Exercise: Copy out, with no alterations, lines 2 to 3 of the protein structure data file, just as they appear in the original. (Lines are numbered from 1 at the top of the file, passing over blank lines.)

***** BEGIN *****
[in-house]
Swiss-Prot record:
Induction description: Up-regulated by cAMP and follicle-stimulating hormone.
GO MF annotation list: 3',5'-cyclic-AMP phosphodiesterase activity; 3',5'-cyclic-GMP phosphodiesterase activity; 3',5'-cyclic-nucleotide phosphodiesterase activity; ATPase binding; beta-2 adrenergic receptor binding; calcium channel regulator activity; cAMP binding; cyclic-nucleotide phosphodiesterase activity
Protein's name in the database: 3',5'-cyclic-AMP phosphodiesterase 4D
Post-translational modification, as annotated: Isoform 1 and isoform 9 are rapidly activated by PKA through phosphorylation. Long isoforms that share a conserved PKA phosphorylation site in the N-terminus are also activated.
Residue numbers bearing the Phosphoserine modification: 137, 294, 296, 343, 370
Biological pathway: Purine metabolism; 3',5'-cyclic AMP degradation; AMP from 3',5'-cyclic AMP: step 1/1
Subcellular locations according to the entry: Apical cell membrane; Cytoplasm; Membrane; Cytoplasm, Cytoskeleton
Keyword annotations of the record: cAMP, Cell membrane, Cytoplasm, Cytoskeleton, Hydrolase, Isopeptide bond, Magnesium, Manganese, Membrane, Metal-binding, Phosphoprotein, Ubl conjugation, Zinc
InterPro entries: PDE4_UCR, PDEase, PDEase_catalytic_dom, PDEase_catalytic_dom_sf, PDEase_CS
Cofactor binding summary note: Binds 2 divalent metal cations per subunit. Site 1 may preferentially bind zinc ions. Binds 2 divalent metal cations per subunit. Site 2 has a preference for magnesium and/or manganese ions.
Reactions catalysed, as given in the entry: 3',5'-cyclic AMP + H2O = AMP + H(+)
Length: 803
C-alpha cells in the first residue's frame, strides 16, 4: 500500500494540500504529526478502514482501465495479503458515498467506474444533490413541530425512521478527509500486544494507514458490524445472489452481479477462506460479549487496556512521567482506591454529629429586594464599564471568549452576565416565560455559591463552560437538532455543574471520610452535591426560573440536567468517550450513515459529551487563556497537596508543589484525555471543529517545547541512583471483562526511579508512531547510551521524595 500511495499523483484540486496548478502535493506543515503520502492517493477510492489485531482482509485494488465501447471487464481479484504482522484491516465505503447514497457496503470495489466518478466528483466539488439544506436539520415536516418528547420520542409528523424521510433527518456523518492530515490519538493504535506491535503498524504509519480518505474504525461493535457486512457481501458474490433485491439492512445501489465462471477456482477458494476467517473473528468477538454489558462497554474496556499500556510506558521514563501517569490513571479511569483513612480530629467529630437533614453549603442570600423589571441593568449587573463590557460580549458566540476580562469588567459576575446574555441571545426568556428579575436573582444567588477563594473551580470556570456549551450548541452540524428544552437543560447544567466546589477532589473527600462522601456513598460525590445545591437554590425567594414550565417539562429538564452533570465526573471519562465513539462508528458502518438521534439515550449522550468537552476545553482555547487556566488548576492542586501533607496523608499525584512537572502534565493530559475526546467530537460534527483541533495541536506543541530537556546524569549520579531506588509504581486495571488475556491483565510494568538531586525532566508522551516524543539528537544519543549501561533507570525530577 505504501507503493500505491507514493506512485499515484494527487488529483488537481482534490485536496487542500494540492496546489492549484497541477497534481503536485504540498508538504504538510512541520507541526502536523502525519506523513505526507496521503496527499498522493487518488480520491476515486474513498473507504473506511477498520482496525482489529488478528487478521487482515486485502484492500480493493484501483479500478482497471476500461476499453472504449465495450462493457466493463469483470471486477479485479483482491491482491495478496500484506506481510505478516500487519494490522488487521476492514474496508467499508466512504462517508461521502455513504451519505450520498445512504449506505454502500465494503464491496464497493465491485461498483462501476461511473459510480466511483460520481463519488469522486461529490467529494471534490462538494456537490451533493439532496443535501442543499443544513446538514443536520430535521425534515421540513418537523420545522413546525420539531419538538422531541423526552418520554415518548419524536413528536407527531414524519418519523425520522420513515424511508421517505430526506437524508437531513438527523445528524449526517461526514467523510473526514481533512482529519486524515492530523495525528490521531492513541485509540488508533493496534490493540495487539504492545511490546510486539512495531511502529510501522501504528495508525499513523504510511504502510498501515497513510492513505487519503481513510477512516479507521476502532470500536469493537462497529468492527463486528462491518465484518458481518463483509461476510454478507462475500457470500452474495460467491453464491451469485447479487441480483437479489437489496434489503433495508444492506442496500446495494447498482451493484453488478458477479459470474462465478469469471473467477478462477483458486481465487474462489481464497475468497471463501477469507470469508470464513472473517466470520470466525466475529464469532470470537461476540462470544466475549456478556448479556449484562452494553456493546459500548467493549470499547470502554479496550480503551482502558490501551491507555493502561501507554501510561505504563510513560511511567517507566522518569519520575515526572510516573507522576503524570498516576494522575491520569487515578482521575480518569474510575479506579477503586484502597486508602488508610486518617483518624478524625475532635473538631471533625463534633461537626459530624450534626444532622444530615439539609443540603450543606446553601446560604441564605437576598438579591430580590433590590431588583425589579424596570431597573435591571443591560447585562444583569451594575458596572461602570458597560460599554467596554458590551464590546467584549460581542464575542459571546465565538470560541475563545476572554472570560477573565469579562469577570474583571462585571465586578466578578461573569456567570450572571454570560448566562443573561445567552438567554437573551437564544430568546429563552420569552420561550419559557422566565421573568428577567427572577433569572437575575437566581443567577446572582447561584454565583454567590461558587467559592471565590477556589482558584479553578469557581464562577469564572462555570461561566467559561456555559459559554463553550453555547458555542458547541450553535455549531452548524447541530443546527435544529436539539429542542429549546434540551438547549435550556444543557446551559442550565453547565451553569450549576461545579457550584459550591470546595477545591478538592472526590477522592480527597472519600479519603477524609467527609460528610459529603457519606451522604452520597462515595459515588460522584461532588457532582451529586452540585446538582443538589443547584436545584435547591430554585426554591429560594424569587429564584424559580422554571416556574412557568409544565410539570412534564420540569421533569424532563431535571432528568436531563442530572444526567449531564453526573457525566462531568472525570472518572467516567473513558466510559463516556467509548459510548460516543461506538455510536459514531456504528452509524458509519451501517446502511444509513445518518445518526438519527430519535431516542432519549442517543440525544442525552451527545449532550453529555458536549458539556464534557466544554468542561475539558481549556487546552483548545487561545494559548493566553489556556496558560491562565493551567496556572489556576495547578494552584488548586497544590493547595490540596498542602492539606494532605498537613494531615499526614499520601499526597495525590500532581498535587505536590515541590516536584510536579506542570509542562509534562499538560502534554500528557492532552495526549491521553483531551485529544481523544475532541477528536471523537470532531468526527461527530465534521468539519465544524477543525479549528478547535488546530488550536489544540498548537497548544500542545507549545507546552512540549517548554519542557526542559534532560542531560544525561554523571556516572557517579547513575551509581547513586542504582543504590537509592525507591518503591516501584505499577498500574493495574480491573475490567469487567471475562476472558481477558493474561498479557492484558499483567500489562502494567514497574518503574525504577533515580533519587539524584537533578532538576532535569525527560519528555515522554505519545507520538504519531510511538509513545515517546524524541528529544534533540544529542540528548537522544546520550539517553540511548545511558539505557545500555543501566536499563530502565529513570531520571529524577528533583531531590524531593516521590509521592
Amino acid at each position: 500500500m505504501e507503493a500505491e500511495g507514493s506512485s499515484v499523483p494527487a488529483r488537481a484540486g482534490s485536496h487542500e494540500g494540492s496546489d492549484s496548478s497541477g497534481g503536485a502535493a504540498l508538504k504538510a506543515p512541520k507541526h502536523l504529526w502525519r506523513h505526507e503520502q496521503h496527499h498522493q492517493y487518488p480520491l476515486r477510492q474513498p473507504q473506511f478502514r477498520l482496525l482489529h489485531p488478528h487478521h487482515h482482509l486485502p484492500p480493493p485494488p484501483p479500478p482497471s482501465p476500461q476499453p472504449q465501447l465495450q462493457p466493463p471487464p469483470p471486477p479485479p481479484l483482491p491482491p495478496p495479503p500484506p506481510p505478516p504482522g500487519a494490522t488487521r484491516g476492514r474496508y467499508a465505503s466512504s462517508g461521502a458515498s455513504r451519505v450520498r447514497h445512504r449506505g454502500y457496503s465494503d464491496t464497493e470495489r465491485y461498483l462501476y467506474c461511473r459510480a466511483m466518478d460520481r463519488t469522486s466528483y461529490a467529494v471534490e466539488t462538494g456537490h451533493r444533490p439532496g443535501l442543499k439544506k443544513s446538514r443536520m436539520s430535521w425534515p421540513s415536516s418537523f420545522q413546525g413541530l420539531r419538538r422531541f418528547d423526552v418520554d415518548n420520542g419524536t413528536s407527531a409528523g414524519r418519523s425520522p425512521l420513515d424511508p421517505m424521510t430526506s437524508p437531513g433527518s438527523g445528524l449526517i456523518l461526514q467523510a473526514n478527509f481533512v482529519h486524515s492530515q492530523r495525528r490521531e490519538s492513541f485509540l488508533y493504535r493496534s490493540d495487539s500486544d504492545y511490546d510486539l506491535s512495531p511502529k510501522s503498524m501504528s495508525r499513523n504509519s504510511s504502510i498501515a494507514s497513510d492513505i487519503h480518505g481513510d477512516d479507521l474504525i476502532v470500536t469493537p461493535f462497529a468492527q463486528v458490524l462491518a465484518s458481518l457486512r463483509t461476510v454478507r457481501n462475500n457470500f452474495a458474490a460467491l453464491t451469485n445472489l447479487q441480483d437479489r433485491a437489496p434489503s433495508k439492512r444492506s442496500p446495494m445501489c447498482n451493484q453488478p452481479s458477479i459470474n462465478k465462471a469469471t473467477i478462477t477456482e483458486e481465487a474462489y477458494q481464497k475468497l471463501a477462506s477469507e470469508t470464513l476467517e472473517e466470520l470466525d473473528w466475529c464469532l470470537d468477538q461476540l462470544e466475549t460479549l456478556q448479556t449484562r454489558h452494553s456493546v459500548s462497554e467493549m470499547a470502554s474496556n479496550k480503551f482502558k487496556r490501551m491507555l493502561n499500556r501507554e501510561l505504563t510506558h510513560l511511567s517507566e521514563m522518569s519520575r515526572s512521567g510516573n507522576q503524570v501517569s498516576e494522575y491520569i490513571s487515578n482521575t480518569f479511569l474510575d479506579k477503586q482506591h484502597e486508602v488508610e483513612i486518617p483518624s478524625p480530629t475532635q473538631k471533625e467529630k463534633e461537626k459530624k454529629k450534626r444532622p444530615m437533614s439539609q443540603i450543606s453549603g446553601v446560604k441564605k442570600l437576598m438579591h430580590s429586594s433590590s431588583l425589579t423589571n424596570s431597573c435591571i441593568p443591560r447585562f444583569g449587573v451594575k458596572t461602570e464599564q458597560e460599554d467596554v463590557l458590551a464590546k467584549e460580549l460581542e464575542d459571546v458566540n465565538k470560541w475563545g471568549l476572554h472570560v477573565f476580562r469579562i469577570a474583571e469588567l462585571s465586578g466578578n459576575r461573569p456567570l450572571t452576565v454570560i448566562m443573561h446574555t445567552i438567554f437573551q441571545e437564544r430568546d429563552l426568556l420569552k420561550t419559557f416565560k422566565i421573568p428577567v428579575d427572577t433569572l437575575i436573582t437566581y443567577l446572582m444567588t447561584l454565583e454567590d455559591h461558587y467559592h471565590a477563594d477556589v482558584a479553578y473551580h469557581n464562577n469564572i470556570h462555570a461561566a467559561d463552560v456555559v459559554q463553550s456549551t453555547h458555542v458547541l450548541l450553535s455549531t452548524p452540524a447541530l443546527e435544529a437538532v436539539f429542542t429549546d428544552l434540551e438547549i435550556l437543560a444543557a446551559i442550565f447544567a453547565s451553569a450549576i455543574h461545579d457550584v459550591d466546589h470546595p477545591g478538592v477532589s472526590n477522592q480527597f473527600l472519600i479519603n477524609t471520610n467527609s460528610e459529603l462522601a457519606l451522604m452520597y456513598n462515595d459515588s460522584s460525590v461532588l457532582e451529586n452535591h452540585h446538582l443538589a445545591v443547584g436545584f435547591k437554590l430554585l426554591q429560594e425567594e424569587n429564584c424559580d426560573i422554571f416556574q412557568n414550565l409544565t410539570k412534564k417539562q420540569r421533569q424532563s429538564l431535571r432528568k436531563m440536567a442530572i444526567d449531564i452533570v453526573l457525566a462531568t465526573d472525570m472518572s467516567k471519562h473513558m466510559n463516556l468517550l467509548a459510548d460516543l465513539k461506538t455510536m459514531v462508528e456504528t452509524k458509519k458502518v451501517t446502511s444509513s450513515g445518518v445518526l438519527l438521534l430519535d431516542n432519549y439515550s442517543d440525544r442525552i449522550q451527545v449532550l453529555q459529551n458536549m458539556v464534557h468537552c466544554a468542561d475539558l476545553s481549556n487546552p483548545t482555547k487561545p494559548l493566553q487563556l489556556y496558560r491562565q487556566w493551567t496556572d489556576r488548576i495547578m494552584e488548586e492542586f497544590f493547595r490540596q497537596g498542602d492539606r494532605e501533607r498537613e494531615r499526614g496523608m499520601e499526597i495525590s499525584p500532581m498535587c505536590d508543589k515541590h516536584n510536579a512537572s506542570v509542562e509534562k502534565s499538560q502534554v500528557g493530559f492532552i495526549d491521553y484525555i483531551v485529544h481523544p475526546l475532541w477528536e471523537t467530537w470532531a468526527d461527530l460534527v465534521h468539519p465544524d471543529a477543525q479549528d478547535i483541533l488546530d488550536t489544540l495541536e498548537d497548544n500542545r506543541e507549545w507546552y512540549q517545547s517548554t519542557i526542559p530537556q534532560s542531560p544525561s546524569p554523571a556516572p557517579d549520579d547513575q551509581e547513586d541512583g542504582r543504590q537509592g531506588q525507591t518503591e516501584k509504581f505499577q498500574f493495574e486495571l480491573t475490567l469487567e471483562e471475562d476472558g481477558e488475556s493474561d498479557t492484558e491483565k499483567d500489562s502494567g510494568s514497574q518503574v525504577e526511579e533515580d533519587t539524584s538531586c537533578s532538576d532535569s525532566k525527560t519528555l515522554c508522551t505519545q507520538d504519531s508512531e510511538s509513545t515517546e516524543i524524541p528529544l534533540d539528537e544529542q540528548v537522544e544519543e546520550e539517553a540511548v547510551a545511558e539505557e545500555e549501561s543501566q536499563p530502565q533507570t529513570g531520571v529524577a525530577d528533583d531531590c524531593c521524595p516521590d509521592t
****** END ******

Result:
Swiss-Prot record:
Induction description: Up-regulated by cAMP and follicle-stimulating hormone.